When it comes to drugs, Denmark’s approach is inconsistent. Getting illegal drugs doesn’t seem to be too difficult, but getting legal drugs can be.
Hashish, which is illegal in Denmark, was until recently easy to procure at “Pusher Street”, in the so-called Free State of Christiania in Copenhagen. Christiania is one of the tourist attractions of Copenhagen.
This old military base, which was taken over by hippies during the 1970s, is a unique place, with dirt roads and ramshackle wooden buildings put together with odds and ends and some gorgeous wild nature which is surprising to find in the middle of a European capital city.
Pusher Street was a row of wooden booths where until recently buyers could choose from a selection of hashish being sold openly, although the dealers would smash your camera if you tried to take a picture of it.
It’s been shut down again and again in the past, usually after violent incidents, but it always risen up again. The truth is many Copenhageners like the fact that hashish dealing is centralized in one place. They don’t want the dealers and customers coming to *their* neighborhoods.
Snowflake doesn’t mean winter weather
Anyway, much of the drug dealing in Denmark today doesn’t take place on Pusher Street, it takes place via smartphones like everything else. Via text messages, or on apps that are popular with young people, like Snapchat.
When someone has a snowflake emoji next to their Snapchat profile image, it doesn’t mean that they like winter weather.
Prescription drugs aren’t given freely
Legal prescription drugs are a different category entirely. While doctors’ visits are free if you are covered under the Danish public health system, prescription drugs are not, and you will have to pay something out of pocket for them, although not as much as you might have to pay in the US, for example.
However, many internationals have noticed that Danish doctors are not as free with prescriptions as doctors might be in their home countries.
For example, it is a perennial complaint of internationals that Danish doctors are reluctant prescribe antibiotics. This is because they are concerned about the development of antibiotic resistance.
Danish doctors will provide antibiotics for bacterial infections, but not for flu or other viral illnesses or just random things people want them for.
I have seen some internationals take this the wrong way and get very angry. One woman told me that because she was “just a refugee”, her Danish doctor wouldn’t give her the “good drugs”.
Don’t have it shipped
Sleep medication is another drug that can be difficult to get in Denmark, where even melatonin requires a prescription. If you can get prescription sleeping pills at all, they will be prescribed to you in very limited amounts, like two weeks, and the doctor will monitor your use of them. Repeat prescriptions can be very difficult to get. The Danes feel that you should address the underlying cause of your sleep problems instead of taking a pill.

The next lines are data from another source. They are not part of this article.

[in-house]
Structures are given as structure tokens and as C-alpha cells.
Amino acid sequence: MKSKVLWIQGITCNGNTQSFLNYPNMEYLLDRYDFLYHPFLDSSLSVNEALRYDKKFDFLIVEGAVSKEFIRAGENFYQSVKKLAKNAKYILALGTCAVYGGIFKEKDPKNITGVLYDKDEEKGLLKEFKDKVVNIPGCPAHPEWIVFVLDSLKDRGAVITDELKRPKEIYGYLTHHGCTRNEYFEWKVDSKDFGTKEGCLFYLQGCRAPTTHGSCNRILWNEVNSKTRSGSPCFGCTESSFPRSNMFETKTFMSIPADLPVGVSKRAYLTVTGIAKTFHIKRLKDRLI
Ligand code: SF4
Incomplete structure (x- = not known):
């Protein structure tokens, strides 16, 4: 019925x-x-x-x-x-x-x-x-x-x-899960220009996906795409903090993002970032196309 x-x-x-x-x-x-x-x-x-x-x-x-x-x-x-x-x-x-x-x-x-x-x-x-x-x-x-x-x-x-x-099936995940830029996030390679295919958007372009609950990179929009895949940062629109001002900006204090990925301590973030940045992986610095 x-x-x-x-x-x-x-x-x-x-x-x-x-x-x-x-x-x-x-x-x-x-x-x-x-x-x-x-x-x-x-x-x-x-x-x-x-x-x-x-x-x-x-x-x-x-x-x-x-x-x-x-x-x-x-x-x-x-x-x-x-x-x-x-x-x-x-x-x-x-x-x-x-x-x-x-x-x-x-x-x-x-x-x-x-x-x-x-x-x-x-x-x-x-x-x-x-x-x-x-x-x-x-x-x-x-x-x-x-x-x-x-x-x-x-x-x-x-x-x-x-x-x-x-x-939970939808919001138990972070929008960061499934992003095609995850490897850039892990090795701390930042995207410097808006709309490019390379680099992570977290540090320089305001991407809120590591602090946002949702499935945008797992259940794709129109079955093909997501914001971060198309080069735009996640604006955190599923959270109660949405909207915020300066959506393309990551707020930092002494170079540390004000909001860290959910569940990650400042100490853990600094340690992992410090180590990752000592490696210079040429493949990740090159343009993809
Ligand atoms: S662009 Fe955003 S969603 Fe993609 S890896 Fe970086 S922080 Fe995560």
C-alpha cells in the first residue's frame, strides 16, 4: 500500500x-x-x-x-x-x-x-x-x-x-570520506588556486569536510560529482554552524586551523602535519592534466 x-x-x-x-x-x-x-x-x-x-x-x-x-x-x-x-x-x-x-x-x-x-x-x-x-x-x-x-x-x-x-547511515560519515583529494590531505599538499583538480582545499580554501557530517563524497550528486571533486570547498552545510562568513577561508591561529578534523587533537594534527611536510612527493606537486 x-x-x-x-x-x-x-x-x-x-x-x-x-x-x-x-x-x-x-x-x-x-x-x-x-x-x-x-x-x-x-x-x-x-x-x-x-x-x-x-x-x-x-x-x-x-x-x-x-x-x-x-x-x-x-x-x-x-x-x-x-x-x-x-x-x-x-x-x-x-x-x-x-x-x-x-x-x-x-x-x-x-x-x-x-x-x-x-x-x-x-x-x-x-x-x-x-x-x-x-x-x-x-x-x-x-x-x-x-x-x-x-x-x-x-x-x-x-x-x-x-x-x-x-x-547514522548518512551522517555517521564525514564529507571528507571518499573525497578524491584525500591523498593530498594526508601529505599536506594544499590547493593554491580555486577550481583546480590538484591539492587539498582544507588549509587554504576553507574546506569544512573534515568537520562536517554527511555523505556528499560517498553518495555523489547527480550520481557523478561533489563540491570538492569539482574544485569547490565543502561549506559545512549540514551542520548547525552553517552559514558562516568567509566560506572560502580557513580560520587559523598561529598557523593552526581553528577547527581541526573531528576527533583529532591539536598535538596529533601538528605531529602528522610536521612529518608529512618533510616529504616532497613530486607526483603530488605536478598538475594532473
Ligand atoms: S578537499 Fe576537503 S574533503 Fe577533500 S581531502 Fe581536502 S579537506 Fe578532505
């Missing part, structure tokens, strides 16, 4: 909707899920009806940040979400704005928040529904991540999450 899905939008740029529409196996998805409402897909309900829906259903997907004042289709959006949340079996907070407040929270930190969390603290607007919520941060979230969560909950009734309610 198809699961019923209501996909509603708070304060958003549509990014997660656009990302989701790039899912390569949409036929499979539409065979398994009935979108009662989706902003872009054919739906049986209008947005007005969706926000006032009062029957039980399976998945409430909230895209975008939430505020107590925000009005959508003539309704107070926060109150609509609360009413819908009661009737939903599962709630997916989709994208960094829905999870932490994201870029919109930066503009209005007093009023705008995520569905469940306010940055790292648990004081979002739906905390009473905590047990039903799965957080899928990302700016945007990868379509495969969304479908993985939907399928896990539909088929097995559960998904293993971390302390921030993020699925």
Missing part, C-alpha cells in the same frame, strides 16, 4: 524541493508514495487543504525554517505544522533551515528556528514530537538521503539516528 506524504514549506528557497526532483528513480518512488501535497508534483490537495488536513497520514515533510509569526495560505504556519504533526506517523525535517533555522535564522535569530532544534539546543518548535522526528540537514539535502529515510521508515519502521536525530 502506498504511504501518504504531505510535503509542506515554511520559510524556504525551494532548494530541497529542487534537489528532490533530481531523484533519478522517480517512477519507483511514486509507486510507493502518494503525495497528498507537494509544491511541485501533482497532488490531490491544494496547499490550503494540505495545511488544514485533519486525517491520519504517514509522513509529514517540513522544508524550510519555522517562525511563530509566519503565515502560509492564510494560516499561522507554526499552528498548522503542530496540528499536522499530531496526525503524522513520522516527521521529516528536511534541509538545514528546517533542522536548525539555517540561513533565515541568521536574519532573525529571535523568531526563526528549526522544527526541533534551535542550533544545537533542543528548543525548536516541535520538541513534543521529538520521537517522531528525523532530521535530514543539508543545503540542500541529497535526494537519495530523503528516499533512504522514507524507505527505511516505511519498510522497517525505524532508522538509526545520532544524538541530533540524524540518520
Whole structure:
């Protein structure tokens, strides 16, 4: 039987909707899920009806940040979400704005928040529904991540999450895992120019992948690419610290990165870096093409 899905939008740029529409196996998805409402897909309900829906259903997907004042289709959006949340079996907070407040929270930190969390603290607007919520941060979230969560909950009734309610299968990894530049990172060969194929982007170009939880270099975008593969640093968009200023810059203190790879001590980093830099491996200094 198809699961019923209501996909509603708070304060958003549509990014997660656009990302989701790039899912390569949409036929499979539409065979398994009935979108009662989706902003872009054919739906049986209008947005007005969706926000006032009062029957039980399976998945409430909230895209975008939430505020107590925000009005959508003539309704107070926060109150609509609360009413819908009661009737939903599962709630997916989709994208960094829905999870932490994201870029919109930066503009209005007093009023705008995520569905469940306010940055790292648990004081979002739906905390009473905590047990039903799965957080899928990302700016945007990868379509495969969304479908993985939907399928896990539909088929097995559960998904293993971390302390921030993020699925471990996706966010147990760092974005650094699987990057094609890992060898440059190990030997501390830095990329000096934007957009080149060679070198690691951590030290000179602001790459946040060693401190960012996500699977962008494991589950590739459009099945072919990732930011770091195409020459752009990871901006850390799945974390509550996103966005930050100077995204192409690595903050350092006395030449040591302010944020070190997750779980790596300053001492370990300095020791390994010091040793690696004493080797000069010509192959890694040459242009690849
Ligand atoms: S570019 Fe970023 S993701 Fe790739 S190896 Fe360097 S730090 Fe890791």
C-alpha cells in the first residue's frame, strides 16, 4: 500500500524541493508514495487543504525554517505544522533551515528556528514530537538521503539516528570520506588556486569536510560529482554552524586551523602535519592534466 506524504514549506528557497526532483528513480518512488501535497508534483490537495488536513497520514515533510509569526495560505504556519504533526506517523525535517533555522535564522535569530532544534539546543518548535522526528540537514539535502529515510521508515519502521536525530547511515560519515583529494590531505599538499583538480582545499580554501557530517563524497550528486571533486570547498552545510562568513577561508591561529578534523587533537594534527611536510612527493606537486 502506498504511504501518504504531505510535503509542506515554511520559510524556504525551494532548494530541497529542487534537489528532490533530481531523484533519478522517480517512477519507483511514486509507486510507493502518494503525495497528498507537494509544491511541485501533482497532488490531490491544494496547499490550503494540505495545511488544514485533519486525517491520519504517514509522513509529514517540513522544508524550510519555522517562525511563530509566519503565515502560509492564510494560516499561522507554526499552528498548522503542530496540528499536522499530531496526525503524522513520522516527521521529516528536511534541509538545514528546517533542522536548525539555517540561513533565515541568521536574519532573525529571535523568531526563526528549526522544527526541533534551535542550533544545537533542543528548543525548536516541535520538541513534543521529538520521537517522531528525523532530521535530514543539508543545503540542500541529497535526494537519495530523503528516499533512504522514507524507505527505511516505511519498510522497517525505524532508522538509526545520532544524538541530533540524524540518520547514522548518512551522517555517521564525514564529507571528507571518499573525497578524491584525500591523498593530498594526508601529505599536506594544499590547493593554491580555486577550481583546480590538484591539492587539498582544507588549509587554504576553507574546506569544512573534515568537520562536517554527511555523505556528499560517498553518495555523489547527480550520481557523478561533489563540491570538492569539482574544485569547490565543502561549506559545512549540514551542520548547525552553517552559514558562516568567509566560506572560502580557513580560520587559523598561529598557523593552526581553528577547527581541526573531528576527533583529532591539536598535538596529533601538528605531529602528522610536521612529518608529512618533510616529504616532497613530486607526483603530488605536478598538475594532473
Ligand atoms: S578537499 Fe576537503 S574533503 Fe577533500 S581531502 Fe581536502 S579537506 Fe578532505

Now, you might think you could simply this order this stuff from abroad, or have a friend send it to you.
That would be a mistake. The Danish customs team is quite effective at finding medicine shipped in packages and envelopes, even from the EU. You will get a fine, a fine big enough to disrupt your application for permanent residency and citizenship if you get that far.
If you’re traveling to Denmark, you can bring in prescription medicine for personal use, and you can also usually bring in the kind of over-the-counter medicines that are sold in your home country, in minor amounts of course.
Maybe your mom always used to give you some non-prescription concoction when you had a bad cold or a flu. You can probably bring a limited amount with you in your suitcase without running into problems.
Selling expensive pharma to other people
I won’t get into cases of people who move to Denmark and rely on a specific prescription drug. Sometimes you can get it here, sometimes you can’t, and sometimes you will be fobbed off with a cheaper generic version. It all depends on your luck, your doctor, and what the Danish health authorities have approved.
It’s a publicly funded system, so they do their best to avoid expensive pharma. (Here’s where I note that much of Denmark’s prosperity is built on the sales of expensive pharma to other countries.)
But in general, the Danish point of view is, the fewer drugs, the better. Except, of course, for caffeine – the country runs on coffee and energy drinks.
And alcohol, the most widely used, and abused, drug in Denmark, which has the highest binge drinking rates in Europe.